EPC Publishes Report on Instant Payments After Submission to the June ...

EPC Publishes Report on Instant Payments After Submission to the June 2015 Meeting of the Euro Retail Payments Board

25 June 15

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On 30 June 2015, the European Payments Council ( ) published the ‘ Report to the on Instant Payments’ (see ‘related files’ below). With this document, the contributed to the debate on instant payments at the Euro Retail Payments Board ( ) meeting on 29 June 2015 (see ‘related links’ below for more info about the ).

To give some background: the members agreed upon a definition for instant payments during the meeting on 1 December 2014 (see ‘related links’ below). The also identified the need for at least one pan-European instant payment solution for euro that is open to any payment service provider ( ) in the . The invited the supply side of the industry (in close cooperation with the demand side and with the active involvement of the as a potential scheme developer) to make an assessment of the issues related to pan-European instant payment solutions in euro to be presented at the meeting in June 2015.

Against this background, the submitted its report on instant payments for the June 2015 meeting. The entire contents of this report are based on ‘desktop’ research and discussions among the members only. This report must therefore be seen as a preliminary contribution from just one stakeholder.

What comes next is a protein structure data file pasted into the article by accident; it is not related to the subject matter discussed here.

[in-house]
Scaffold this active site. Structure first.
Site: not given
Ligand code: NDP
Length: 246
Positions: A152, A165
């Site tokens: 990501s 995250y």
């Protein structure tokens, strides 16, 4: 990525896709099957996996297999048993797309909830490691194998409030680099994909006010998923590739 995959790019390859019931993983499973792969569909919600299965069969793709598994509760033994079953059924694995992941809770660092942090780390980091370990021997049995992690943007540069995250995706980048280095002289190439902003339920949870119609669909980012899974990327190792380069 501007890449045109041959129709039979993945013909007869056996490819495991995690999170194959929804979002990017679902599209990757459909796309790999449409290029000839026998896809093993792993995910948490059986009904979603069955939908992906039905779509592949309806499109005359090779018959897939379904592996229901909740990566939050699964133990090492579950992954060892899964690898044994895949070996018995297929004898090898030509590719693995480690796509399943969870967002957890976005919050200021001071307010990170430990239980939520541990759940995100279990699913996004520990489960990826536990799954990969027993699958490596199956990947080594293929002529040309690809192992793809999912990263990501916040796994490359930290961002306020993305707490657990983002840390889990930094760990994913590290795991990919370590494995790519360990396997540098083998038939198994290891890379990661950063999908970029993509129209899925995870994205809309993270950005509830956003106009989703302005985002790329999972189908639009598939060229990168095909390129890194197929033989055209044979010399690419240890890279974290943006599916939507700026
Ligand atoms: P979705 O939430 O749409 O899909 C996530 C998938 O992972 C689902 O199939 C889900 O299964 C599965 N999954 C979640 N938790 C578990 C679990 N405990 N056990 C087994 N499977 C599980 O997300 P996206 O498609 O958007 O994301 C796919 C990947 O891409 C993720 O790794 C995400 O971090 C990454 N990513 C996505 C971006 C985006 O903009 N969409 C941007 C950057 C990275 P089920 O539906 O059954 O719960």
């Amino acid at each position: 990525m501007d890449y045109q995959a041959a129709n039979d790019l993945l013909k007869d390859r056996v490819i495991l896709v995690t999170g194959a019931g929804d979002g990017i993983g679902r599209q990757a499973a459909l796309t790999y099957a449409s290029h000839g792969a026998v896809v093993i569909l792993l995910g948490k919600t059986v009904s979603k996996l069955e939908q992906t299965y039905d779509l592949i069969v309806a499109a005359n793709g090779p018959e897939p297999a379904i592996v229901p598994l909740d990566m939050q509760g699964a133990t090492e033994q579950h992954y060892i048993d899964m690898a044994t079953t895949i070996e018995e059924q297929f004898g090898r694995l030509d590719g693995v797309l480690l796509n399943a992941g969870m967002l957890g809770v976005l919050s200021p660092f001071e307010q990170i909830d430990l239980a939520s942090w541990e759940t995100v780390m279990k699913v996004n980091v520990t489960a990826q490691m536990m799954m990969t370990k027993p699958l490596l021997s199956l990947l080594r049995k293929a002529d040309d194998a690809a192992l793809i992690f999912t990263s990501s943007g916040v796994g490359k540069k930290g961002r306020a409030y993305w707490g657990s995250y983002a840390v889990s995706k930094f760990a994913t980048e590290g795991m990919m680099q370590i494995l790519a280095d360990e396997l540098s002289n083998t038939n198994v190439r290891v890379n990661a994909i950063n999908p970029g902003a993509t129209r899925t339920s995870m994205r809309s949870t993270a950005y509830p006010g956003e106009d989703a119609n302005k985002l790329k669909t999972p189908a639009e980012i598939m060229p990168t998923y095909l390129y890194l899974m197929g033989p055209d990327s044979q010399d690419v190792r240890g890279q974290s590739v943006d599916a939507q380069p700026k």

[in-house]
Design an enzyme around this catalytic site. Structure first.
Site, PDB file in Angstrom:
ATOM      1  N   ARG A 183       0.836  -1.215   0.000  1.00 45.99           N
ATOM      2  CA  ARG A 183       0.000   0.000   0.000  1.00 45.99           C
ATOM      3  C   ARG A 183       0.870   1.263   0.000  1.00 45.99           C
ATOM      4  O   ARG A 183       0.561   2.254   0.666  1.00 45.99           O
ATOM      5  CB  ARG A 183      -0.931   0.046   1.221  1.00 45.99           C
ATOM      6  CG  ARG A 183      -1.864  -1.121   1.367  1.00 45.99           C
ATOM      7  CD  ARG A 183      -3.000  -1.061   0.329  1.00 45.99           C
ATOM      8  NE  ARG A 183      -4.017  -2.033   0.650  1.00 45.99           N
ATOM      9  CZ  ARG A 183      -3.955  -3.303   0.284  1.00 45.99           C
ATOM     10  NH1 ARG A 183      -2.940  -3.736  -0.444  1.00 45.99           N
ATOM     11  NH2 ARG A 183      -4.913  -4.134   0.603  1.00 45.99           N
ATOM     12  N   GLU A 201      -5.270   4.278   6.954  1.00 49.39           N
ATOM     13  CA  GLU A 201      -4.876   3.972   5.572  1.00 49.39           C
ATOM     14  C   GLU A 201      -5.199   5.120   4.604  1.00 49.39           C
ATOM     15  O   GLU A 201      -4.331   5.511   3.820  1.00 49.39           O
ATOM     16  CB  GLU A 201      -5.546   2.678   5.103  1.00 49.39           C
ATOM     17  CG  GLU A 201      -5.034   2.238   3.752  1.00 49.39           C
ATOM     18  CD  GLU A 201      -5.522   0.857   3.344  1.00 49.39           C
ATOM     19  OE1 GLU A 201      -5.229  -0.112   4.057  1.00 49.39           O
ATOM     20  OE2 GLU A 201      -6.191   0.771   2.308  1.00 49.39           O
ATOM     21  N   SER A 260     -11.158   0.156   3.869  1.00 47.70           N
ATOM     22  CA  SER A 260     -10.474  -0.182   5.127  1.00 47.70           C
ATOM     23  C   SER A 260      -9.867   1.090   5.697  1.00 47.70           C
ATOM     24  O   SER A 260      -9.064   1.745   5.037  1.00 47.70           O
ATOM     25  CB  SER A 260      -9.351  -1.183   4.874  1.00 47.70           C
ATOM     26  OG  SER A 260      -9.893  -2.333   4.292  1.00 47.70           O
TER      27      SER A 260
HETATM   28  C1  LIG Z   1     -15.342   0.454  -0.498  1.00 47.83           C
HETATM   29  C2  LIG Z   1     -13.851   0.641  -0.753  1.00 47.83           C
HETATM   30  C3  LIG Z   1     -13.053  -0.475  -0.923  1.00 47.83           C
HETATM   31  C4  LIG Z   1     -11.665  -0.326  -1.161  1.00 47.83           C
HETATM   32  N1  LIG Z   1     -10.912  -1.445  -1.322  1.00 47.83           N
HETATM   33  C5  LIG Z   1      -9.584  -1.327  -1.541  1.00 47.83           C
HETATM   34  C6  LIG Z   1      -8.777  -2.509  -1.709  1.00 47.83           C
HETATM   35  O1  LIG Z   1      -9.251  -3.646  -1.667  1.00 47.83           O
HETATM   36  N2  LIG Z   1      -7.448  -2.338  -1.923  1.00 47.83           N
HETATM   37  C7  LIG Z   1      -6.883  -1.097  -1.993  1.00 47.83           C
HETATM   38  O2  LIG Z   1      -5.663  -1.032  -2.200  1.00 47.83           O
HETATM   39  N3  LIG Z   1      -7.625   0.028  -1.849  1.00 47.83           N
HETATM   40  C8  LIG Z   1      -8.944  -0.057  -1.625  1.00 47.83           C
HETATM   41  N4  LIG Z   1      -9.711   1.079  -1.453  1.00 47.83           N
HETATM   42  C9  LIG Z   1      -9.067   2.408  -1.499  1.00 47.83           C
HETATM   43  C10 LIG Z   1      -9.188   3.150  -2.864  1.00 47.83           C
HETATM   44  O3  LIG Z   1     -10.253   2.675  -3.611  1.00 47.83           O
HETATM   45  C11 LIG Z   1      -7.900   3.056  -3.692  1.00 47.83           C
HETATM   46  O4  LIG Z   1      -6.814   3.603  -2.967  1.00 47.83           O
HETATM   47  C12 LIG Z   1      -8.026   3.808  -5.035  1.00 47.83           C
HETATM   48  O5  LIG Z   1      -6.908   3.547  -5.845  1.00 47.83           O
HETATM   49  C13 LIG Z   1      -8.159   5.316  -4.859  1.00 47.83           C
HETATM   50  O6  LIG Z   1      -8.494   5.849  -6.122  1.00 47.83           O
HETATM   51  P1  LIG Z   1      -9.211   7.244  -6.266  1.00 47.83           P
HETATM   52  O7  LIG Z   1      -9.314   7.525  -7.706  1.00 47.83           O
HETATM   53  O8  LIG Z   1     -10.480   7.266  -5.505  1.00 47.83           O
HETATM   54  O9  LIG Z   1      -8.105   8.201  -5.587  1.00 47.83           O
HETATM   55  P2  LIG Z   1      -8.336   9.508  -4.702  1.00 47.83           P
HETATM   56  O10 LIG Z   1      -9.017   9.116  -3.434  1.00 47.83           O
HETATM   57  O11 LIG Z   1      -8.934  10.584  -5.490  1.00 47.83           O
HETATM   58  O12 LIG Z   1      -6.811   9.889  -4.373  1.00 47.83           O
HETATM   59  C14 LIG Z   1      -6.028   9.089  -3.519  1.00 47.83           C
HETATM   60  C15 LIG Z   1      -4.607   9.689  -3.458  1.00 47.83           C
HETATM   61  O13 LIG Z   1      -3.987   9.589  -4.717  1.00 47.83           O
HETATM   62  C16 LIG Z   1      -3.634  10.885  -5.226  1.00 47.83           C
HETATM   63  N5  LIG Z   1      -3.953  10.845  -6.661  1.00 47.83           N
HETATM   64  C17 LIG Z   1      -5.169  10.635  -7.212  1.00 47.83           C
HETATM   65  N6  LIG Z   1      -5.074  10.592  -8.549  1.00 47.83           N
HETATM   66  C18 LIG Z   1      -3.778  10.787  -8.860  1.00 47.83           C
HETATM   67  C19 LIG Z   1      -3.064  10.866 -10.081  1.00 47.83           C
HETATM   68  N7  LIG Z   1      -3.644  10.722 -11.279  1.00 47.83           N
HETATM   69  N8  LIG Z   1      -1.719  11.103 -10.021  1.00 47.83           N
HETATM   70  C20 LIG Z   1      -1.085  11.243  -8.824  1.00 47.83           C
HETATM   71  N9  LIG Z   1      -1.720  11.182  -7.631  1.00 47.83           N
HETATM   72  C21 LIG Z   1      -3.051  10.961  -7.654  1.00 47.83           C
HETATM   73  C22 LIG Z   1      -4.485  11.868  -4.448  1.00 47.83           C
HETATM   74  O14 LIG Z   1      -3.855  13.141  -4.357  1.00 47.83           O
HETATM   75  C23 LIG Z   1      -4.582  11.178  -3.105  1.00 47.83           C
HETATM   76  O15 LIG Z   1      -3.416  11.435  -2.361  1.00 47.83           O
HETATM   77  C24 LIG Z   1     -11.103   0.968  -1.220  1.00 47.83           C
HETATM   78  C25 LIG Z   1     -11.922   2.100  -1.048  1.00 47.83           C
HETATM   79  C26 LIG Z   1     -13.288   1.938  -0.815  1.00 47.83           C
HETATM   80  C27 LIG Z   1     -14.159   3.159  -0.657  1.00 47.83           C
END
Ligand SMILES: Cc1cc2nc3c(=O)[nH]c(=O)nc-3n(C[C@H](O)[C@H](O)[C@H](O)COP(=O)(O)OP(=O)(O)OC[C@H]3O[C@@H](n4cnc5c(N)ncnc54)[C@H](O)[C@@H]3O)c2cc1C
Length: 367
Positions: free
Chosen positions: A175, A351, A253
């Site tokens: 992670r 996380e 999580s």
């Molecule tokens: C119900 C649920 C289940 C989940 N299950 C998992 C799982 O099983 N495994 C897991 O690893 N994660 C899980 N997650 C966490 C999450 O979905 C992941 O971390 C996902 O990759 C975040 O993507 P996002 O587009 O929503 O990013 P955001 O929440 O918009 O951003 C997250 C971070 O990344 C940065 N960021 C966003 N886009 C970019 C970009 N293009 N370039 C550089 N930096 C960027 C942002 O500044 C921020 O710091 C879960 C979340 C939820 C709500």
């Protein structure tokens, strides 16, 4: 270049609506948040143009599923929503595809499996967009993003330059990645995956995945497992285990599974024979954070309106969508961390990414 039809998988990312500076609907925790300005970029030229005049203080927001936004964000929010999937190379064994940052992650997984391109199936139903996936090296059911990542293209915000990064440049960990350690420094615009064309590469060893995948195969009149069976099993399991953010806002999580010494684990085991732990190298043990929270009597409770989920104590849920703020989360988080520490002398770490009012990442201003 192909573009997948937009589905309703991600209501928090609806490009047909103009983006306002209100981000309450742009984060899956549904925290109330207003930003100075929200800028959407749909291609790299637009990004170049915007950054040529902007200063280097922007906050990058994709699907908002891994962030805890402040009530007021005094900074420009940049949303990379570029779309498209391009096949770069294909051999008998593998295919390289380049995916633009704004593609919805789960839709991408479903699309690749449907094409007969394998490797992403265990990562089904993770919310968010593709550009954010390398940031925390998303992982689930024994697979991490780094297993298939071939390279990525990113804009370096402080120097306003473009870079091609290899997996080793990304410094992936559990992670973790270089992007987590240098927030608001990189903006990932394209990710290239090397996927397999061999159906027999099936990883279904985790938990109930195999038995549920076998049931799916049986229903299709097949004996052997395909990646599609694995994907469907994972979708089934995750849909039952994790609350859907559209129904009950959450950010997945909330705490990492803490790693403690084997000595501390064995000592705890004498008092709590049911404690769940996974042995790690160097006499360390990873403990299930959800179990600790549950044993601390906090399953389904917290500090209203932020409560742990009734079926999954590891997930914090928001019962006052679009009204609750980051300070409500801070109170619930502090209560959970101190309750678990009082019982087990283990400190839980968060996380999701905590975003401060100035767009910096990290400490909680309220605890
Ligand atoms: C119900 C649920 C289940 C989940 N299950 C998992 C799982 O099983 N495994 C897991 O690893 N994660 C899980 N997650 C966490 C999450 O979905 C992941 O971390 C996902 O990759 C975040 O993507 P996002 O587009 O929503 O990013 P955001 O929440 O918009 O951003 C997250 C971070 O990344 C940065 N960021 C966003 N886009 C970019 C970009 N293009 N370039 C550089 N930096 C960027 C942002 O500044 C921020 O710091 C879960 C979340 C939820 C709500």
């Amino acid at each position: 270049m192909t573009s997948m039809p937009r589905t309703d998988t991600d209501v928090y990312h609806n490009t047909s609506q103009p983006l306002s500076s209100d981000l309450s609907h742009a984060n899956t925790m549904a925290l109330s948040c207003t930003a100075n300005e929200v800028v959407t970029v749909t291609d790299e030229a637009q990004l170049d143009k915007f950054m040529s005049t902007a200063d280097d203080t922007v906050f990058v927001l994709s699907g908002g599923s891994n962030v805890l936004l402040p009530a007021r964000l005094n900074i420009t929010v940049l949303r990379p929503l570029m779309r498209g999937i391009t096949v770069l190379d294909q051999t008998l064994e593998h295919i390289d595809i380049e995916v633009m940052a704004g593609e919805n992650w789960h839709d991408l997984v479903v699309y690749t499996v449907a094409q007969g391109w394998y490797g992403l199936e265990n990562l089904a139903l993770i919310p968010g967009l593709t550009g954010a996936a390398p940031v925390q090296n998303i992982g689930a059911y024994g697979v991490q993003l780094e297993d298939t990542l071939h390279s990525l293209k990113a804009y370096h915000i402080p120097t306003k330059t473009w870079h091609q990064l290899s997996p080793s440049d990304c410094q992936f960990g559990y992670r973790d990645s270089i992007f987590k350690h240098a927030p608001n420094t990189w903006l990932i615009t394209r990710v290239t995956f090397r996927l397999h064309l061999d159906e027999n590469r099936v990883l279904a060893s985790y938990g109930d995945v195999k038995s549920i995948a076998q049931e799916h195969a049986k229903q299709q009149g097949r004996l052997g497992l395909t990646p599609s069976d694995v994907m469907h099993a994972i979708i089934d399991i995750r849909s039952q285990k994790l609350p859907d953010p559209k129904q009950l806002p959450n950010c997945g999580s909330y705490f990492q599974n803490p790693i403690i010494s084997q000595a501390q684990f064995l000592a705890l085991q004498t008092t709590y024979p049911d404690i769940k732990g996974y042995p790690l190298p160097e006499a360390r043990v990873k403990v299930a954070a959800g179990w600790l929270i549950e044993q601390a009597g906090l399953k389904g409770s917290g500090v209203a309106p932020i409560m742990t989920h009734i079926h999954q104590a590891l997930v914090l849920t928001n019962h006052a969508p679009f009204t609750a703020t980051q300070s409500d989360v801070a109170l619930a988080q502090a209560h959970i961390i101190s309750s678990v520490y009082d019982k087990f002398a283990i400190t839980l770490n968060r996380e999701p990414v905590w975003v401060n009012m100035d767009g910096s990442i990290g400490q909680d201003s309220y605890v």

The report highlights that the expectations of both payers and payees must be the starting point in developing an approach for instant payments in . This should form the basis for the discussion within the . The first action to undertake should be to understand what payers and payees actually expect from instant payments.

The report outlines the opportunities that instant payments may bring but also draws attention to specific issues. One issue the highlights to the is questioning which “go to market” scenario would be the most appropriate to reach the full potential of instant payments in . The roll-out of an instant payment solution supported by various will demand that these, along with payment infrastructure providers and corporate payment service users, all allocate substantial resources to and carefully internally plan their part in the roll-out. They should coordinate on a regular basis with each other as the implementation progresses.

At this stage, the is of the opinion that there may be a need for an instant payment scheme at level. With the current definition in mind and subject to the position and expectations of the other stakeholders from the supply and demand side, a majority within the consider that the credit transfer could be a suitable payment instrument, as a first step, for instant payments in . On the other hand, the points out that other payment instruments, notably electronic money and payment cards, are also suitable for instant payments. Certain existing instant payment solutions are based on these particular payment instruments.

In view of the benefits of broadening the discussion in an multi-stakeholder environment, the has recommended the establishing of an instant payments working group with the mission of analysing what the end-to-end requirements for pan-European instant payment scenarios would be.

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